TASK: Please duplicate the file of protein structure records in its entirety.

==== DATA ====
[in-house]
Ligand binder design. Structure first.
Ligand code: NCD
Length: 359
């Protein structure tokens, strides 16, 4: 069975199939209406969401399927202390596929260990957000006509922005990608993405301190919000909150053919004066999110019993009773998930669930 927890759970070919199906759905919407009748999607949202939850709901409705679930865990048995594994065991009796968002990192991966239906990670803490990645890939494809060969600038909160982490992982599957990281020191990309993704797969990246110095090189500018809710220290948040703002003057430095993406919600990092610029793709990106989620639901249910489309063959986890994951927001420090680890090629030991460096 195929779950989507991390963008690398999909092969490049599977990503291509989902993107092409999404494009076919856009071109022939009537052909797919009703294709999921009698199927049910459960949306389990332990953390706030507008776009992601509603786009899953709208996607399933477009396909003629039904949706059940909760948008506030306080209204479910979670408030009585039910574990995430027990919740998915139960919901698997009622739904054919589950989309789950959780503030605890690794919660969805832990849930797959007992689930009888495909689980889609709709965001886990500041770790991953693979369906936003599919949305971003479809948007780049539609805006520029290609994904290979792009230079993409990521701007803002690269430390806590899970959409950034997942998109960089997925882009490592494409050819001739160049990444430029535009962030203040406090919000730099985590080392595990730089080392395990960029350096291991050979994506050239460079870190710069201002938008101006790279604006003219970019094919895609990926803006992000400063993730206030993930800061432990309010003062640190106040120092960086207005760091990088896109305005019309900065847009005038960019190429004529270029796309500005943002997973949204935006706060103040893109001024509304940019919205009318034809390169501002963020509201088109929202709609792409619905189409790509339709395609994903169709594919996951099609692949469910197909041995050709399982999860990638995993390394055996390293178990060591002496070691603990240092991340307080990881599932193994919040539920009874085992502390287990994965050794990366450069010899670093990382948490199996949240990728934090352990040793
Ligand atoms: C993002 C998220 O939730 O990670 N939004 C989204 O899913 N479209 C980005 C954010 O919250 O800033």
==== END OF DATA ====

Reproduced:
[in-house]
Ligand binder design. Structure first.
Ligand code: NCD
Length: 359
């Protein structure tokens, strides 16, 4: 069975199939209406969401399927202390596929260990957000006509922005990608993405301190919000909150053919004066999110019993009773998930669930 927890759970070919199906759905919407009748999607949202939850709901409705679930865990048995594994065991009796968002990192991966239906990670803490990645890939494809060969600038909160982490992982599957990281020191990309993704797969990246110095090189500018809710220290948040703002003057430095993406919600990092610029793709990106989620639901249910489309063959986890994951927001420090680890090629030991460096 195929779950989507991390963008690398999909092969490049599977990503291509989902993107092409999404494009076919856009071109022939009537052909797919009703294709999921009698199927049910459960949306389990332990953390706030507008776009992601509603786009899953709208996607399933477009396909003629039904949706059940909760948008506030306080209204479910979670408030009585039910574990995430027990919740998915139960919901698997009622739904054919589950989309789950959780503030605890690794919660969805832990849930797959007992689930009888495909689980889609709709965001886990500041770790991953693979369906936003599919949305971003479809948007780049539609805006520029290609994904290979792009230079993409990521701007803002690269430390806590899970959409950034997942998109960089997925882009490592494409050819001739160049990444430029535009962030203040406090919000730099985590080392595990730089080392395990960029350096291991050979994506050239460079870190710069201002938008101006790279604006003219970019094919895609990926803006992000400063993730206030993930800061432990309010003062640190106040120092960086207005760091990088896109305005019309900065847009005038960019190429004529270029796309500005943002997973949204935006706060103040893109001024509304940019919205009318034809390169501002963020509201088109929202709609792409619905189409790509339709395609994903169709594919996951099609692949469910197909041995050709399982999860990638995993390394055996390293178990060591002496070691603990240092991340307080990881599932193994919040539920009874085992502390287990994965050794990366450069010899670093990382948490199996949240990728934090352990040793
Ligand atoms: C993002 C998220 O939730 O990670 N939004 C989204 O899913 N479209 C980005 C954010 O919250 O800033």